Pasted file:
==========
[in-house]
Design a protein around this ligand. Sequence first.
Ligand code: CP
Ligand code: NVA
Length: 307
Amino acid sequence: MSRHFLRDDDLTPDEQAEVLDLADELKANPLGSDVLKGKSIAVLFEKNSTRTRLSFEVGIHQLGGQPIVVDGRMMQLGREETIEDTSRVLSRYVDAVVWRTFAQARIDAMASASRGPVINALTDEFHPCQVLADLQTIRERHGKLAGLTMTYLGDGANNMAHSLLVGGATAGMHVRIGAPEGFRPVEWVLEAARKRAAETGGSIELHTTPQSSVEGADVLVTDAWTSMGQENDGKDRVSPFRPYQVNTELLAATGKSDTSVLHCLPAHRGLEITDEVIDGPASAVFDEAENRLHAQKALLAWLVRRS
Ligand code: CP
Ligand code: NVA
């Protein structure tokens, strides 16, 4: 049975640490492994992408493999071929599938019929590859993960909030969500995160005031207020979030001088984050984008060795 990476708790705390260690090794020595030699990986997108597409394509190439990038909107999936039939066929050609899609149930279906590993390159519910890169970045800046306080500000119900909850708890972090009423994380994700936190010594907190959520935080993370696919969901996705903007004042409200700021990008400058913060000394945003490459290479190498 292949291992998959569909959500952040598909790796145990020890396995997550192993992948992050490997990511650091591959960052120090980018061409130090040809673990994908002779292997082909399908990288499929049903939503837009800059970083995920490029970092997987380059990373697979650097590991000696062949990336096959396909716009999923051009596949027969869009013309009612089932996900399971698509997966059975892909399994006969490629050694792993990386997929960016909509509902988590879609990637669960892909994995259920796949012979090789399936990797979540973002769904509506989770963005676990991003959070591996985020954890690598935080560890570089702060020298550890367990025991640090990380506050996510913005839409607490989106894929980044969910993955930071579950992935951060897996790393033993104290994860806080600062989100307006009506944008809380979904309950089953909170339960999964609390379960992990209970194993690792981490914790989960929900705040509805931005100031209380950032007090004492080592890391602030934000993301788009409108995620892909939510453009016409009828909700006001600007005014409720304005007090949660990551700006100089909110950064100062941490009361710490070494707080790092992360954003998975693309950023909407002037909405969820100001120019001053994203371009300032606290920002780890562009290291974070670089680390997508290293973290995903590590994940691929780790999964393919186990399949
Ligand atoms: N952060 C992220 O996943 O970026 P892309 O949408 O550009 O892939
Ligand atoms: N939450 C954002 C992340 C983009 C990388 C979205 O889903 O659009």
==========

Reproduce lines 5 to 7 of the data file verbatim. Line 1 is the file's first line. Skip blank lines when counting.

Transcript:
Length: 307
Amino acid sequence: MSRHFLRDDDLTPDEQAEVLDLADELKANPLGSDVLKGKSIAVLFEKNSTRTRLSFEVGIHQLGGQPIVVDGRMMQLGREETIEDTSRVLSRYVDAVVWRTFAQARIDAMASASRGPVINALTDEFHPCQVLADLQTIRERHGKLAGLTMTYLGDGANNMAHSLLVGGATAGMHVRIGAPEGFRPVEWVLEAARKRAAETGGSIELHTTPQSSVEGADVLVTDAWTSMGQENDGKDRVSPFRPYQVNTELLAATGKSDTSVLHCLPAHRGLEITDEVIDGPASAVFDEAENRLHAQKALLAWLVRRS
Ligand code: CP